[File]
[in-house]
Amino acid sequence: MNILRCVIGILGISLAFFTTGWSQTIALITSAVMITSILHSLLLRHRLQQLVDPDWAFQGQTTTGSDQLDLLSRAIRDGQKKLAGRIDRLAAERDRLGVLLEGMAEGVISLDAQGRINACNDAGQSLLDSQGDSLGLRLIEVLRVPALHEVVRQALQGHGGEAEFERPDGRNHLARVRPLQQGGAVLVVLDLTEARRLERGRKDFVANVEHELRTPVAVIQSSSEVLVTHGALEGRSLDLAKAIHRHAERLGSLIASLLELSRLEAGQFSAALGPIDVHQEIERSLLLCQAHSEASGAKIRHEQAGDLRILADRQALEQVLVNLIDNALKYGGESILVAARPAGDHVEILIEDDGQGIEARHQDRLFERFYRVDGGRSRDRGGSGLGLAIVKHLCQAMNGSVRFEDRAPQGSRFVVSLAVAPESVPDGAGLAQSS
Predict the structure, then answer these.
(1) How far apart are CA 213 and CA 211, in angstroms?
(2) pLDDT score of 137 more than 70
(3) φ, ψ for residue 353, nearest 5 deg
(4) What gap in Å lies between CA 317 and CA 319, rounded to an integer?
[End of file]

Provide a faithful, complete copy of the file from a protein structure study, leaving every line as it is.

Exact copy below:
[in-house]
Amino acid sequence: MNILRCVIGILGISLAFFTTGWSQTIALITSAVMITSILHSLLLRHRLQQLVDPDWAFQGQTTTGSDQLDLLSRAIRDGQKKLAGRIDRLAAERDRLGVLLEGMAEGVISLDAQGRINACNDAGQSLLDSQGDSLGLRLIEVLRVPALHEVVRQALQGHGGEAEFERPDGRNHLARVRPLQQGGAVLVVLDLTEARRLERGRKDFVANVEHELRTPVAVIQSSSEVLVTHGALEGRSLDLAKAIHRHAERLGSLIASLLELSRLEAGQFSAALGPIDVHQEIERSLLLCQAHSEASGAKIRHEQAGDLRILADRQALEQVLVNLIDNALKYGGESILVAARPAGDHVEILIEDDGQGIEARHQDRLFERFYRVDGGRSRDRGGSGLGLAIVKHLCQAMNGSVRFEDRAPQGSRFVVSLAVAPESVPDGAGLAQSS
Predict the structure, then answer these.
(1) How far apart are CA 213 and CA 211, in angstroms?
(2) pLDDT score of 137 more than 70
(3) φ, ψ for residue 353, nearest 5 deg
(4) What gap in Å lies between CA 317 and CA 319, rounded to an integer?